Kids naturally gravitate toward rhyme; they love its sing-song nature.
That’s a good thing because rhyming is so beneficial to pre-readers!
Get inspired with these preschool and lower elementary rhyming activities.
Rhyming Words for Kids
Learning to rhyme isn’t automatic; it’s a learned skill. In order to rhyme, you need to be able to mentally break apart the sounds in a word.
Think about it: If I tell you to say a word that rhymes with “cool,” you would need to separate the beginning sound /k/ with the ending sound /ool/.
Then your brain would shop around for other beginning sounds that can be matched with /ool/ to make a word with meaning.
After some trial and error, you find /f/, pair it with /ool/, and say “fool.”
That’s a lot of steps, right?
All this is basically automatic for you, but it’s not for your young language learner.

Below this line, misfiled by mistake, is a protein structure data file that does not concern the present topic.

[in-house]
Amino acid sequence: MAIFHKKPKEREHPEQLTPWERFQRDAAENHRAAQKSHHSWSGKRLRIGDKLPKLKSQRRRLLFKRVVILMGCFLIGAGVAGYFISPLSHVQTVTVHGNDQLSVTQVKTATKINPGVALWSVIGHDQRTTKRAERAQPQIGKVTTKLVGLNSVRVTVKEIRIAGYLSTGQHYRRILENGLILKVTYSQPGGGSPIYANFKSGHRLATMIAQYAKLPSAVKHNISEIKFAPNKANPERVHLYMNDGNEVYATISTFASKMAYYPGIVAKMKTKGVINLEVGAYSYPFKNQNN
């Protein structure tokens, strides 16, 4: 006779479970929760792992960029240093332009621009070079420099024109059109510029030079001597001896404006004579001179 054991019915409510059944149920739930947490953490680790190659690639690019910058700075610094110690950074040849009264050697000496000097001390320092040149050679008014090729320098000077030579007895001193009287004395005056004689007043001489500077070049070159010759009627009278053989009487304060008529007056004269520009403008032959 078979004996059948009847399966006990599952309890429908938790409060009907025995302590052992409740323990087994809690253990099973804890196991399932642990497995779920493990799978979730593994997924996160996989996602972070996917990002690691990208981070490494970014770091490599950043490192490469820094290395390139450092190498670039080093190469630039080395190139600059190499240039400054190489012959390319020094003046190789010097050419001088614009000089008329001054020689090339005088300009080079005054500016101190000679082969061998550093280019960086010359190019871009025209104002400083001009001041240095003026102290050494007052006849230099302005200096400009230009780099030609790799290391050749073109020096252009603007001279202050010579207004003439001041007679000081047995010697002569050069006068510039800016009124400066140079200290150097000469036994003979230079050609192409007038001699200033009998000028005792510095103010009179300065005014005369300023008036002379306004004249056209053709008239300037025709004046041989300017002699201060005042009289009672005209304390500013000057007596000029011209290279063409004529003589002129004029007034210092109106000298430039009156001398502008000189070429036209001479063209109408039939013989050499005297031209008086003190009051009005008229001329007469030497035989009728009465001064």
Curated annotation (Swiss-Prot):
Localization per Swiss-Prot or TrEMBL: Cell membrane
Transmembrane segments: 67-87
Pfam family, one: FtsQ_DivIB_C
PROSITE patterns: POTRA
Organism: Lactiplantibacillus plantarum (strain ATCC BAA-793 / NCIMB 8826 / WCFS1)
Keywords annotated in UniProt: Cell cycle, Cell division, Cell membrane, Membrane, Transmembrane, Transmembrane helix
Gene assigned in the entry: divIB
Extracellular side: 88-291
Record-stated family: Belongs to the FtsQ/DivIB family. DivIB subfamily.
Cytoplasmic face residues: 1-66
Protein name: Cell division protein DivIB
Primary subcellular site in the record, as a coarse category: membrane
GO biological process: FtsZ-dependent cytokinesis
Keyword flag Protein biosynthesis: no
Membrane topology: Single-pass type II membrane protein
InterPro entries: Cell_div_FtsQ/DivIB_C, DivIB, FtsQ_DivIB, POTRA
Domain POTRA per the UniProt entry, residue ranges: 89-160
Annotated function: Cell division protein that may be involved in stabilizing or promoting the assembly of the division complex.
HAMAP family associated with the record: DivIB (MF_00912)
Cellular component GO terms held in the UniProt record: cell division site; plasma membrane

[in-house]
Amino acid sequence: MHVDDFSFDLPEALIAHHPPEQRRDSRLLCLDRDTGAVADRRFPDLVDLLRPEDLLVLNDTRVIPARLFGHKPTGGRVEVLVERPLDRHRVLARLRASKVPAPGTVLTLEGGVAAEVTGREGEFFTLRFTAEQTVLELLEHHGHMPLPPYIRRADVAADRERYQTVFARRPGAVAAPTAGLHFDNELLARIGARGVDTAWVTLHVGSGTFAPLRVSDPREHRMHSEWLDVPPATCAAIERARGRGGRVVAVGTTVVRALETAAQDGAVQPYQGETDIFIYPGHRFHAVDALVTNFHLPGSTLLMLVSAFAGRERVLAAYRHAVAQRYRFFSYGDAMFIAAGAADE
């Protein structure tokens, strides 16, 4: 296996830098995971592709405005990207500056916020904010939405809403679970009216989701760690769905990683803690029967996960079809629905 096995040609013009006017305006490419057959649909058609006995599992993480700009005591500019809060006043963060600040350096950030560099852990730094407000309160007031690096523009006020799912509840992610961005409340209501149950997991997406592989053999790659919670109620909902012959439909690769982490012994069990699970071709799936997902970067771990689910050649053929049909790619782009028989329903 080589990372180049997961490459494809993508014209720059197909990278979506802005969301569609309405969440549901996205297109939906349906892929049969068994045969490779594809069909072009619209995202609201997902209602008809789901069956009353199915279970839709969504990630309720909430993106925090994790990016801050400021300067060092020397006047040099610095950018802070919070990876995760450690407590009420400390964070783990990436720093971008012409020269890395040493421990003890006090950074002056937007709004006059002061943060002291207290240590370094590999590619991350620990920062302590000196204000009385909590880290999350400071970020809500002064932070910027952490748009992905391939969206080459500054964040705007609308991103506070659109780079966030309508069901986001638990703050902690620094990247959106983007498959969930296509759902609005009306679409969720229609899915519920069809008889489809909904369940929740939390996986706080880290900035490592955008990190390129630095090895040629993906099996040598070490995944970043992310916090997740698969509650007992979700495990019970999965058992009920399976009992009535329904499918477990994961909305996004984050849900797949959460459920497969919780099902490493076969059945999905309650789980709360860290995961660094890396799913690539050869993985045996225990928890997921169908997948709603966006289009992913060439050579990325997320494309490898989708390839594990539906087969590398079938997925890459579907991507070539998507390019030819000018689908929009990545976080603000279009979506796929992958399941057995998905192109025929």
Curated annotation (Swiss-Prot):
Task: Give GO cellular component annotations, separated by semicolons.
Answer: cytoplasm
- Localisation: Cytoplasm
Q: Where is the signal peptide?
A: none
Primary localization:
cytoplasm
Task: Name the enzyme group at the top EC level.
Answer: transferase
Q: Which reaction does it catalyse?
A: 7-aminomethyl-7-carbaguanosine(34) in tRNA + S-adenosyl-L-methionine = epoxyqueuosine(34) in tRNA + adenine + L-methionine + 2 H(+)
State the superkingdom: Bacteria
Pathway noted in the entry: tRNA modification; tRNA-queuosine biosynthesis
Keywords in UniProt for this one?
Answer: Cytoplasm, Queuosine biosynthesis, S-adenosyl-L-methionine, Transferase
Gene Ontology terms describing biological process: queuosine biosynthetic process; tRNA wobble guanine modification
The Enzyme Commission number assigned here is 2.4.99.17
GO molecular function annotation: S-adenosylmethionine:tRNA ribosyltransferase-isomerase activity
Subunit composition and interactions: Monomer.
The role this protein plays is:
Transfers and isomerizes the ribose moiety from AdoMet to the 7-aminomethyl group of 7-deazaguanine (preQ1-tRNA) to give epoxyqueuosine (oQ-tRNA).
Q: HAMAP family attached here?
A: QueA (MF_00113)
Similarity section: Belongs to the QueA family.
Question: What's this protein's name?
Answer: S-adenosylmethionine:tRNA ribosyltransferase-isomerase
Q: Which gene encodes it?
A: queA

She needs to learn this process, which is an essential pre-reading skill (to break apart words into their separate sounds and to connect words grouped by sound and spelling patterns) as it builds phonological awareness.
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The good news is rhyming activities can train your child’s brain in a fun way.
Rhyming activities focus on these steps: hearing rhyme, recognizing it, and forming your own.
Rhyming Words for Preschool, Kindergarten and Beyond: Videos
There are a host of videos out there to expose your child to rhyme and help him recognize it.
Take advantage of these playful audio-visual rhyming helps:
This video is a great formal introduction to rhyming and was created by the “Hooked on Phonics” team.
It’s a fun a cappella tune with lots of rhyme!
This video pairs movement with recognizing rhyme, and it is by the kids’ songs guru Jack Hartmann.
It also flashes the words themselves on the screen.
For those who want a quieter, talking lesson in rhyme, this video asks the child to recognize rhyme.
Another great rhyming track by Jack Hartman, this song is more advanced because it asks the child to provide the rhyme (step three for a child’s brain: forming their own rhymes).
Rhyming Word List